American Idol Tryouts in S.F.: Too Bad You're Not Like Carrie Underwood

Categories: Music
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Contestants waiting to try out for American Idol in San Franicsco earlier this week

More than 8,000 singers flocked to AT&T Park yesterday with enough ambition and dedication to wait up to nine hours in order to give a 30-second audition for American Idol. To manage their excitement, contestants gave public performances, sought last-minute encouragement via cellphone, and made friends with other musicians waiting in line. Their chances of making it, according to one contestant who kept a tally, were about one in 75. Even with these odds, many struggled to hold onto their nerves, waiting anxiously to see if their dreams of stardom might be fulfilled.

In front of O'Neills Irish Pub at about 2 p.m. Thursday, a group of singers harmonized to T-Pain's radio hit "Apple Bottom Jeans." The apparent leader of the group, Carols Rivera, said this would be his third time auditioning for Fox's hit reality show. His last effort got him in front of judges Simon, Randy, Kara, and guest judge Miley Cyrus, but he didn't get any farther. "They told me, 'You're too nervous. You think you're ready, but you're not. Come back next year.'"


On Willie Mays Plaza, Thursday, four teens slept under fleece blankets, shielding their eyes from the sun with baseball caps. Their watchdog, 16-year-old Maria Jimenez, said the group of friends came from Newark to support another friend who was inside auditioning. Riding BART into the city at 4 a.m. -- necessary to get a good spot in line -- left them feeling a bit sleepy.

Several contestants paced up and down the sidewalks, clutching to their cellphones while soaking up final words of encouragement. Those who had been through the audition broke news of the verdict to finger-crossed supporters at home. We spoke with the hopefuls and the disappointed to find just what goes on at auditions for one of the most popular reality TV shows in history.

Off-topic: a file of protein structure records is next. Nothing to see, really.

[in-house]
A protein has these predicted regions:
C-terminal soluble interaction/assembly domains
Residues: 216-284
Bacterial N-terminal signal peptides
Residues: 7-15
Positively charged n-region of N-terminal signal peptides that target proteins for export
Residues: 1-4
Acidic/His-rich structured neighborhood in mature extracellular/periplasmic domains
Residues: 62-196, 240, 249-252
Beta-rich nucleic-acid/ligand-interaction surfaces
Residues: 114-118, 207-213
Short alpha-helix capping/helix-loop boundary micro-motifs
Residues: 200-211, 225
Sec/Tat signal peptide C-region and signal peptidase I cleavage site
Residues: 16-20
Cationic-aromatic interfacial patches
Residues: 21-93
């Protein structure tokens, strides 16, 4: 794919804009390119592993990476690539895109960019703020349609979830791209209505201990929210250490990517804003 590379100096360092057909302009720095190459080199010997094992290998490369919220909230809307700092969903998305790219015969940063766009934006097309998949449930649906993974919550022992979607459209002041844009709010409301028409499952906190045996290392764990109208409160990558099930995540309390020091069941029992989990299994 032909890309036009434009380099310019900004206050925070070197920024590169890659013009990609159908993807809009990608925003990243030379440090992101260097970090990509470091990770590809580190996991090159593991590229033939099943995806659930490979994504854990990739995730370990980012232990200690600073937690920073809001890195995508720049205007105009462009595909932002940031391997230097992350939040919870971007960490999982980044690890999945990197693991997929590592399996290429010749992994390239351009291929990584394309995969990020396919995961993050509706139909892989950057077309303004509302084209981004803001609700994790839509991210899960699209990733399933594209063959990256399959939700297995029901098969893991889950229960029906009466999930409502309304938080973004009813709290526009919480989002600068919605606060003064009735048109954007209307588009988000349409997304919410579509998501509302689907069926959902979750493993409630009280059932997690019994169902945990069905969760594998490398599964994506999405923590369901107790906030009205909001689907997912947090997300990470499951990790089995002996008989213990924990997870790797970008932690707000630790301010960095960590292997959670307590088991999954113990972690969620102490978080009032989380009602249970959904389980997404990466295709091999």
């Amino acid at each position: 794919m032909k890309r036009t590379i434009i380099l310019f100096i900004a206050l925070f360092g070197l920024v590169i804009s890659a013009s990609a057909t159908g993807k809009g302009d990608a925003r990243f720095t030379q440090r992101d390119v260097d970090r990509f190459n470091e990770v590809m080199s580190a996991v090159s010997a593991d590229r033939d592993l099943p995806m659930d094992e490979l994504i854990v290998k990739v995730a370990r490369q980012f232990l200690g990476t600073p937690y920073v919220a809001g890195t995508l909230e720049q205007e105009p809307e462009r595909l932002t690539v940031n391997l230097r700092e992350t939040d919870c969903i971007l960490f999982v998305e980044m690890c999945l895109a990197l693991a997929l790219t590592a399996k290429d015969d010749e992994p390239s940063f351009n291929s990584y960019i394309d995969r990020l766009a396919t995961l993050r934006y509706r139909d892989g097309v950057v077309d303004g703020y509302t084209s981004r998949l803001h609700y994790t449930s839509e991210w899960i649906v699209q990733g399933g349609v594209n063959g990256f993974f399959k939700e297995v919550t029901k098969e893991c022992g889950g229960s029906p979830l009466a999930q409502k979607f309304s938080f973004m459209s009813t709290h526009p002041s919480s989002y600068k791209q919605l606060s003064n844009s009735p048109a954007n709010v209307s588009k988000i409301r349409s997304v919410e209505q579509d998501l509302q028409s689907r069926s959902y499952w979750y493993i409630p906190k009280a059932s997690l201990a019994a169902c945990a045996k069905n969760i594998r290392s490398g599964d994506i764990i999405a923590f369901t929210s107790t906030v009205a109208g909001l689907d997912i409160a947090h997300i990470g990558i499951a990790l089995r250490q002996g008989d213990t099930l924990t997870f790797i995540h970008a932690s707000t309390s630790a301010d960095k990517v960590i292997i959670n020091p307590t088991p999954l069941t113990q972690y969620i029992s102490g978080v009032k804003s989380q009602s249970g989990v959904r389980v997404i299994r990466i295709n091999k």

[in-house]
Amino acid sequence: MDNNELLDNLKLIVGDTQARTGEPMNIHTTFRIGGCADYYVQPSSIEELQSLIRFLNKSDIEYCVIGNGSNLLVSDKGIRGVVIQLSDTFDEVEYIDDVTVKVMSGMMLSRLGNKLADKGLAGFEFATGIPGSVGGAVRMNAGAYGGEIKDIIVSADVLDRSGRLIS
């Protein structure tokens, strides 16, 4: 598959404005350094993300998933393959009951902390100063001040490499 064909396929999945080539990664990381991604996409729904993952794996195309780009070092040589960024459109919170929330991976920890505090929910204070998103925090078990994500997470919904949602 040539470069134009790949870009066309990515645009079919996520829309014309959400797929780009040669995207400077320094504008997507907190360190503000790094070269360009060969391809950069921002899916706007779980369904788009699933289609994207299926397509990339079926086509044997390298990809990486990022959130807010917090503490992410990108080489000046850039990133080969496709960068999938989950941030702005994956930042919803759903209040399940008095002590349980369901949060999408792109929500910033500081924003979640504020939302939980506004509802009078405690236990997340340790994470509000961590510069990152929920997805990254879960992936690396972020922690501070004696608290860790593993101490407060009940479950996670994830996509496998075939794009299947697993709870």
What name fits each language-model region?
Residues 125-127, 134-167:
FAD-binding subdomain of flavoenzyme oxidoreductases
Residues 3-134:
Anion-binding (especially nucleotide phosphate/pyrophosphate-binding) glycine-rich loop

John Macapinlac, 19, said he only auditions so that he can stand in line. At his second time auditioning in S.F., Macapinlac baited TV cameras by playing "high school hits" by Top 40 stars like Usher and T-Pain on his guitar, which inspired those around him to sing along. Macapinlac came with his friend Philip Villanueva, who luckily passed his audition. The two are in a local group called Hellamedleys. "We do shows together, which is why we're comfortable singing with people in line," Macapinlac explained.

After the wait, contestants crowded into the ballpark as if approaching Judgment Day, awaiting their fate in seats on the lower deck. "Tension really builds up" when waiting inside, said contestant Jennie Nguyen, 19. "The audition is like a rollercoaster. You wait in a long line and then go for a ten-second ride." Nguyen said her audition was "devastating and embarrassing" -- only because she never planned to audition. With no prior singing history, she only came to support her friends, but they forced her last minute to do the free audition, too.

On the field, ten pitched tents filled with producers auditioned groups of four at a time. Each contestant had 30 seconds to perform. Several people we spoke with expressed furious disappointment at the judging process. "There's a specific individual they're looking for," said one contestant who went by the nickname Skittles. "Before you start singing, you know whether you're going through." Though she was rejected, Skittles -- who wore a purple mohawk and green eyeshadow -- said a camera crew approached her and told her she had "the American Idol look."

Skittles didn't get through, even though she saw other outlandishly dressed contestants (a belly dancer, a pirate, and a police officer) pass their initial auditions. We heard Skittles sing, and can testify that she has got it going on. But when her turn came, the judges played with their phones and passively leaned back in their chairs, she said.

Other contestants got a more informed rejection. Austin Stoddard, a 20-year-old with a pretty boy look, said he was told that his rejection had nothing to do with his appearance or talent. "They told me, 'You have a great voice, but we're looking for something more like Carrie Underwood,'" he laughed.

For more on the American Idol tryouts, see our videos of hopeful contestants performing earlier this week.

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